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Non-geographic service numbers: what will Ofcom’s changes involve?

Important changes to calls to non-geographic service numbers are set to come into force next month in a bid to make the cost of calling businesses and services clearer.

Enforced by communications regulator Ofcom, the changes are set to kick in from July 1 and will affect numbers starting with 084, 087, 09 and 118.

Read on for details of what the changes involve, why they’re being made and how you can find out more about the impact they’ll have.

What are non-geographic service numbers?

They’re numbers that aren’t linked to a specific location. They tend to be widely used by businesses, charities and statutory bodies. For example, many information lines or helplines are non-geographic service numbers.

Why are the changes being made?

After researching the use of non-geographic service numbers, Ofcom found many people weren’t sure about what they can be used for and how much they cost to call.

The confusion, particularly relating to the cost, is partly due to the fact phone companies set their own prices. Information relating to costs can also be confusing for consumers to understand. This means it can be difficult for businesses to let people know how much they’ll be charged for when contacting them.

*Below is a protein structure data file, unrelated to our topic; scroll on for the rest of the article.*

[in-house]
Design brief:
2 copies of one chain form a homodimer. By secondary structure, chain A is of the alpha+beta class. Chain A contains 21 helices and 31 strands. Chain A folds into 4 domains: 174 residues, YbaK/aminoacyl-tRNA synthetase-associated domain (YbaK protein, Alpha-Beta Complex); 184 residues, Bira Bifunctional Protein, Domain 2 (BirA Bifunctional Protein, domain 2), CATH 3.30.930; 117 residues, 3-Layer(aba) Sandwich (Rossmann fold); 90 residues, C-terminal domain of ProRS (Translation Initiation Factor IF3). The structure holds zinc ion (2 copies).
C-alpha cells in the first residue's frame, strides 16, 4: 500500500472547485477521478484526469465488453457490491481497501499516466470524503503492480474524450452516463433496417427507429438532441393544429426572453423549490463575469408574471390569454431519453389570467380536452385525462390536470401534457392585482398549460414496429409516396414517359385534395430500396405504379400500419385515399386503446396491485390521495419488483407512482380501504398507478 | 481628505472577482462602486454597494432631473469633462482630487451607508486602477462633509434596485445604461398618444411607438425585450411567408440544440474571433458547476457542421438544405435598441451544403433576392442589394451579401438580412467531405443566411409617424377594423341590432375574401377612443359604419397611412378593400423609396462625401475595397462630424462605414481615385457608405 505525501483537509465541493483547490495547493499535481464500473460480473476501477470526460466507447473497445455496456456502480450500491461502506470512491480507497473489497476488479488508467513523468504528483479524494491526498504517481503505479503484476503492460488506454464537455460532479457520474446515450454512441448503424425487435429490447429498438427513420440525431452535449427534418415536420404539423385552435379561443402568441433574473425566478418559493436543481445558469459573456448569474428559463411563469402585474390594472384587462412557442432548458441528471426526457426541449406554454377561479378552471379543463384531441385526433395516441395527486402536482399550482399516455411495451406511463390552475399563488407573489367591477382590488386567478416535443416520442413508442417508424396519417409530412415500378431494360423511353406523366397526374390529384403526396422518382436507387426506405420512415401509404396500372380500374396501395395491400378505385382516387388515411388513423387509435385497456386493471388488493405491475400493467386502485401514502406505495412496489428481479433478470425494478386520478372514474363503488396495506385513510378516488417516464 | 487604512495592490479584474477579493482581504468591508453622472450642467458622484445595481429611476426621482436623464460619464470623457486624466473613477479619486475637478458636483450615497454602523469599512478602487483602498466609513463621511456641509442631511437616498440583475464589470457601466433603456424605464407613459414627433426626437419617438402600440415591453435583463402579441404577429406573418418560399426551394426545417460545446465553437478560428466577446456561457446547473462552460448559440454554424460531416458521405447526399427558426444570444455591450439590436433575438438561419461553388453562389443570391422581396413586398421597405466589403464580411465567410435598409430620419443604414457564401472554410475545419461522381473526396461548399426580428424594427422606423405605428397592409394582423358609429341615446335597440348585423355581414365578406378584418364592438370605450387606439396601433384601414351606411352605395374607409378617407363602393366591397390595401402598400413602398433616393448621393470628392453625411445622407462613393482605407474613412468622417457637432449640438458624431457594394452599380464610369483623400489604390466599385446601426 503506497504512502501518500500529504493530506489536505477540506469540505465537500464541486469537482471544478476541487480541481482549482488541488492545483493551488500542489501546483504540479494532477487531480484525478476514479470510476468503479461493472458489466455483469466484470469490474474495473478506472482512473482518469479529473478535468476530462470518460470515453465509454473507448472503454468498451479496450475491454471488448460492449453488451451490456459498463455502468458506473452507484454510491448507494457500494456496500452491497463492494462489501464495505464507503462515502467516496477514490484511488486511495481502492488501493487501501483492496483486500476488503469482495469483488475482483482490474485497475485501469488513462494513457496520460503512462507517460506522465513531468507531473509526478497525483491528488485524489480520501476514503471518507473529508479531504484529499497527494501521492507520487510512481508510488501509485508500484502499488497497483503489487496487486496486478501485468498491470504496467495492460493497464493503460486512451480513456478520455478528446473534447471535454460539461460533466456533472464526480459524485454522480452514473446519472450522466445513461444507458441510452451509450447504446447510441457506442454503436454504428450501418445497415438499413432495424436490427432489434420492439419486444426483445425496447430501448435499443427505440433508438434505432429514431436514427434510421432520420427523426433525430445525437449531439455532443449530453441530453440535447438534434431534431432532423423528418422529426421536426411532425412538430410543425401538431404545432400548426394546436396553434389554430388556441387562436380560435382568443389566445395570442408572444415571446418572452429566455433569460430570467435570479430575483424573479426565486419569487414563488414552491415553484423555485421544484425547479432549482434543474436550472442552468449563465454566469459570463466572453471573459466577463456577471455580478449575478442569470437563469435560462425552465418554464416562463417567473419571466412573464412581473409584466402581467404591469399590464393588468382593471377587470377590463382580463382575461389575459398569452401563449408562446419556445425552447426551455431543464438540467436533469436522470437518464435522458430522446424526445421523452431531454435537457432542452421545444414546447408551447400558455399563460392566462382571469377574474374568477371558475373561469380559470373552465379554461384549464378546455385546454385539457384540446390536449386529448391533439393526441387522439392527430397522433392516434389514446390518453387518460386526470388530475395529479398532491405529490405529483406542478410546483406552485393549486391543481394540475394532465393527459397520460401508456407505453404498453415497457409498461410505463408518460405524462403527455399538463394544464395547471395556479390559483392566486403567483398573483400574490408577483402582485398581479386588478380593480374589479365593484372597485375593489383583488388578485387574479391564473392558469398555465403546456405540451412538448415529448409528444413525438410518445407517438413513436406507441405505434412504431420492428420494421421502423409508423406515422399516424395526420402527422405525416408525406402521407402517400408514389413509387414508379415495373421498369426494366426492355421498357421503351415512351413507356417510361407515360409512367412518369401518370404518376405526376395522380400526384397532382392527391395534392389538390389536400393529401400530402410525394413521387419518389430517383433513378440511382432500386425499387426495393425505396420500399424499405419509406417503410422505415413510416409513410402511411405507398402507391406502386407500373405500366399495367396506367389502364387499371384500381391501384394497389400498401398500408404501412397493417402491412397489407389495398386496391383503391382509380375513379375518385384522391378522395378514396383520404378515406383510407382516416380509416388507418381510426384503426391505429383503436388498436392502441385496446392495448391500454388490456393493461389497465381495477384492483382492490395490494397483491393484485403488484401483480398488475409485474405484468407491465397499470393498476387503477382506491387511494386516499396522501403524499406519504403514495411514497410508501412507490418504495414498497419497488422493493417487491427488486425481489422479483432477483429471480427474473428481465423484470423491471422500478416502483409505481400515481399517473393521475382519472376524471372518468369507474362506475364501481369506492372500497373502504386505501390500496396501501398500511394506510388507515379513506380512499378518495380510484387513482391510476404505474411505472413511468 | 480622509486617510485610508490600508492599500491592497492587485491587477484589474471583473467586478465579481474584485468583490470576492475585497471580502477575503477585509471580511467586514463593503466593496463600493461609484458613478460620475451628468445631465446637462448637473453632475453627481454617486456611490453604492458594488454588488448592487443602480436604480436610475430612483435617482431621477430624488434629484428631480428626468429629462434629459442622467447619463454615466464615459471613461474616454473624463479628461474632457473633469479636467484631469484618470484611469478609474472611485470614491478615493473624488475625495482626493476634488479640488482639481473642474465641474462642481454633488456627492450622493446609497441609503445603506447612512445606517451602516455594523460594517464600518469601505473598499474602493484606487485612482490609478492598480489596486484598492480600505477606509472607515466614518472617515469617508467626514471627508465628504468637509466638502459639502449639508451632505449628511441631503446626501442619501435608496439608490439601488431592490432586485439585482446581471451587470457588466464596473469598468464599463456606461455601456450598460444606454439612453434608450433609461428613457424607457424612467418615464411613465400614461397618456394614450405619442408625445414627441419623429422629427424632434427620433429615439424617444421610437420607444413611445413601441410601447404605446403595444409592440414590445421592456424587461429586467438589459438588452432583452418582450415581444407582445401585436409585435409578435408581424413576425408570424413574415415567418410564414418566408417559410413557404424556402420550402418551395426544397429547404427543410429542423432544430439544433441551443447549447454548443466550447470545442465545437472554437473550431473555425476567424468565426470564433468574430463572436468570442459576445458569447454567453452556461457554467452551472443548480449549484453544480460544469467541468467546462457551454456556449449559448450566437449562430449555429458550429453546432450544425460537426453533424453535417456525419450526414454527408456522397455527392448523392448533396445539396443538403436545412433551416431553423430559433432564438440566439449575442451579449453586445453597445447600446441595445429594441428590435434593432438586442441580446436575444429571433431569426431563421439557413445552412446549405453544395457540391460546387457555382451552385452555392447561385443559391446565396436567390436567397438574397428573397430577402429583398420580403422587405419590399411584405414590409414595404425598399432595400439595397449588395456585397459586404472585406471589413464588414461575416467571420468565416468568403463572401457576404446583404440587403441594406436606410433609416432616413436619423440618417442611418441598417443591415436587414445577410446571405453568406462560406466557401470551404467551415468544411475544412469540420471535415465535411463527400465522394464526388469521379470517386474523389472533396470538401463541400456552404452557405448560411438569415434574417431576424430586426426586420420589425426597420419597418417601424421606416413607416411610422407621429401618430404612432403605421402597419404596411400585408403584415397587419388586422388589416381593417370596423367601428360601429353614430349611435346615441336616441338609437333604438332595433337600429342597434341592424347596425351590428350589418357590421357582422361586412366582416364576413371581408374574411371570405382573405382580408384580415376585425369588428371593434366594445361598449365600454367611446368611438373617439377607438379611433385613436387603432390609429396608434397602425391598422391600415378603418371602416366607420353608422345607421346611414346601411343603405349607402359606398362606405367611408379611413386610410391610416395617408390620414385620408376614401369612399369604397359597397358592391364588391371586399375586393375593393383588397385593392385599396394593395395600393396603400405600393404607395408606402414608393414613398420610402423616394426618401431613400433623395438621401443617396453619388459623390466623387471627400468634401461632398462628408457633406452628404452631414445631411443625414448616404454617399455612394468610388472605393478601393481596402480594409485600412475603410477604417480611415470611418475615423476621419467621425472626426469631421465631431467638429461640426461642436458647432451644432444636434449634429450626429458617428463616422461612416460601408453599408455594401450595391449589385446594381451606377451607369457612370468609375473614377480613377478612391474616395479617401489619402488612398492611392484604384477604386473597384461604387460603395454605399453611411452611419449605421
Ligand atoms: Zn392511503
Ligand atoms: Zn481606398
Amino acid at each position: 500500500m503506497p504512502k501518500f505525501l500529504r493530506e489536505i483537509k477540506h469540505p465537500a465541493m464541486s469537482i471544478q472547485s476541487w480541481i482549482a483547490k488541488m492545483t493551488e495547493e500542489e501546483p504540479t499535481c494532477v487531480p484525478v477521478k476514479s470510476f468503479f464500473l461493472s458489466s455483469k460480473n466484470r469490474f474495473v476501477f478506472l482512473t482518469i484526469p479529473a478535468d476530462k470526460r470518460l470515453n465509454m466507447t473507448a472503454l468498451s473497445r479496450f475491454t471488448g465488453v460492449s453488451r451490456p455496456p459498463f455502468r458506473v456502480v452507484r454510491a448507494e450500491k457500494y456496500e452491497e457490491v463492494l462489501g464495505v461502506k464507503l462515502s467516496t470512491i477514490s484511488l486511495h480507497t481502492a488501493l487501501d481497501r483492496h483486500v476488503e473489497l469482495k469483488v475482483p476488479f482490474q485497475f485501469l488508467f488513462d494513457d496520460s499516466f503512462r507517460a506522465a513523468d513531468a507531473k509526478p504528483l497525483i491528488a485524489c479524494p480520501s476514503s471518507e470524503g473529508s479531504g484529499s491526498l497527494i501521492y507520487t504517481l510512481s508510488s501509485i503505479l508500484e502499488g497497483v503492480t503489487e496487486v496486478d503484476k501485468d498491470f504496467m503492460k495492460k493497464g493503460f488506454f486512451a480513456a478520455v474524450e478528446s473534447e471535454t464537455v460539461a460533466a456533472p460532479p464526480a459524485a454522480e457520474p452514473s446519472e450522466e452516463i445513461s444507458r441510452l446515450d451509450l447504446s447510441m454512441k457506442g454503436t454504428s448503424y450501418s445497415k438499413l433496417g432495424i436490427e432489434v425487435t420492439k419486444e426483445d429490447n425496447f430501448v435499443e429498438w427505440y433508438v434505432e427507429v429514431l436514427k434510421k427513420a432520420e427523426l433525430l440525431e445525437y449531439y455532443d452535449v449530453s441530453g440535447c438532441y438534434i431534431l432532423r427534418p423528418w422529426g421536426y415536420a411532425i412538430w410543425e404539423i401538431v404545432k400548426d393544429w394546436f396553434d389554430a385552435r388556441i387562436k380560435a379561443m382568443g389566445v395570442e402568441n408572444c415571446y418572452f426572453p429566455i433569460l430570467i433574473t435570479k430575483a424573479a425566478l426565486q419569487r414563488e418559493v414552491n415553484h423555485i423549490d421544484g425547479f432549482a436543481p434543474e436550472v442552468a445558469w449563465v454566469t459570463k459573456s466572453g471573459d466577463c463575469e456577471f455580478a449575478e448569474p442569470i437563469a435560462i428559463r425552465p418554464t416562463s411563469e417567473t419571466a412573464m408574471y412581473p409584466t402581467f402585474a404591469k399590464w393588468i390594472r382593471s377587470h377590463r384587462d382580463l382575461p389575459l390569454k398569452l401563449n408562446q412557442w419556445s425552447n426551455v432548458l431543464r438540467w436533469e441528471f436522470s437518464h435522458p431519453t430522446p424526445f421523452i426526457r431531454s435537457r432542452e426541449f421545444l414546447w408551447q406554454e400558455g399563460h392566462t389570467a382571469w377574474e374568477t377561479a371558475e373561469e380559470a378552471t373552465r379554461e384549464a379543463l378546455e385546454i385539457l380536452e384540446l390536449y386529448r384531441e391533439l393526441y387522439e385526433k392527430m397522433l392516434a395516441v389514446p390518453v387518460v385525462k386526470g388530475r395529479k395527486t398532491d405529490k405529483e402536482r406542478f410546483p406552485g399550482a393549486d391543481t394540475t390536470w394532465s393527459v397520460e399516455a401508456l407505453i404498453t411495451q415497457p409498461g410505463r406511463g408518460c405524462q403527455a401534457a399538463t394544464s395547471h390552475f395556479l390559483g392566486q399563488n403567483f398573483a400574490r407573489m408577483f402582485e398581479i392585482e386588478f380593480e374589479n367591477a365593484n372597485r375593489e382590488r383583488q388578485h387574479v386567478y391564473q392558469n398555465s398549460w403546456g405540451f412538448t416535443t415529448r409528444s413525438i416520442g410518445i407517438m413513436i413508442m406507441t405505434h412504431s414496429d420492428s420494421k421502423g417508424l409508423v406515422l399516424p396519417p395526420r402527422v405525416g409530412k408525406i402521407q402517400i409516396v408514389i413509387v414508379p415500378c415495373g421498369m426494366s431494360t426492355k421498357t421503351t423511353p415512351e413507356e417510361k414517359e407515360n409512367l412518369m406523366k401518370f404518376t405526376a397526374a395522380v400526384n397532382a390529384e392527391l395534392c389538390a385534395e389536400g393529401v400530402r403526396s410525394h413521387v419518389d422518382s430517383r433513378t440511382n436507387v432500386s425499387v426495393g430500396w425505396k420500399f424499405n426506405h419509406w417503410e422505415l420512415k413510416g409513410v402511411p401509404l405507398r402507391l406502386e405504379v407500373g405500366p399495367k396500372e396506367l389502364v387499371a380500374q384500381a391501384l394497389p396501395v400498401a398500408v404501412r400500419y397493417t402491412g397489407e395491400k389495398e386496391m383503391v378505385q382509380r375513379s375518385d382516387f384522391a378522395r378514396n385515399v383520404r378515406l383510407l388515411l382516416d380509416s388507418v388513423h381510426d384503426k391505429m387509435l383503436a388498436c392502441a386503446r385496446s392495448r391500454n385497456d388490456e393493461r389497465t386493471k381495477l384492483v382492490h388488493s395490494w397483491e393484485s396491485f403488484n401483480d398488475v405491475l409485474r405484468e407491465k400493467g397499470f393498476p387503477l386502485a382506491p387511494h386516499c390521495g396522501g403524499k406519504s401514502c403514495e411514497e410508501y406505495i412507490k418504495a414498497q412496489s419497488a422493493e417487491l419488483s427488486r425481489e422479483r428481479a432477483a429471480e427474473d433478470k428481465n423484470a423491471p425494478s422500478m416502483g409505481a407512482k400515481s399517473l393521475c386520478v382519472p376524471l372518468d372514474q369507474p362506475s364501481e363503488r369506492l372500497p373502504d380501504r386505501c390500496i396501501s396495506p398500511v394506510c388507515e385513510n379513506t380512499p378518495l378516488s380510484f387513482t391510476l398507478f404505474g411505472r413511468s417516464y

Ofcom has therefore decided to unveil a new ‘unbundled tariff’ structure, to make it easier for consumers to understand how much they’re paying for calls and exactly where the money’s going.

What will the changes involve?

Essentially, 0800 freephone numbers are going to be just that, free and the new ‘unbundled tariff’ structure will make it easier for people to see where their money is being spent. Here are some more details:

– Non-geographic service numbers
The cost of calling numbers starting with 084, 087, 09 and 118 will be made up of the following two charges:

1. Access – this is the amount being charged by telephone providers in pence, per minute. The provider will be responsible for these charges and informing businesses of the amount they’re charging.

Telephone bills should clearly state this charge and new customers should be made aware of it when signing their contract.

2. Service – this relates to the remainder of the cost and any revenue going to the organisation that’s being called, as well as the business (or terminating call provider) providing the number.

Businesses that receive inbound calls will be required to specify this service charge wherever they promote their non-geographic service number. For instance, ‘calls will cost 5p per minute plus the telephone company’s access charge’. For more guidance on what needs to be communicated, visit http://www.ukcalling.info/industry

– Freephone numbers

Consumers currently have to pay for calls from mobiles to many 0800 freephone numbers. However, from July 1, all calls to freephone numbers, from landlines and mobiles, will be free as part of Ofcom’s forthcoming changes.

Almost every customer and company in the UK uses these service numbers in some way. For more information or advice on how you can prepare your business for the forthcoming changes, call us on 0800 9 77 88 99 or reach us through our contact us page.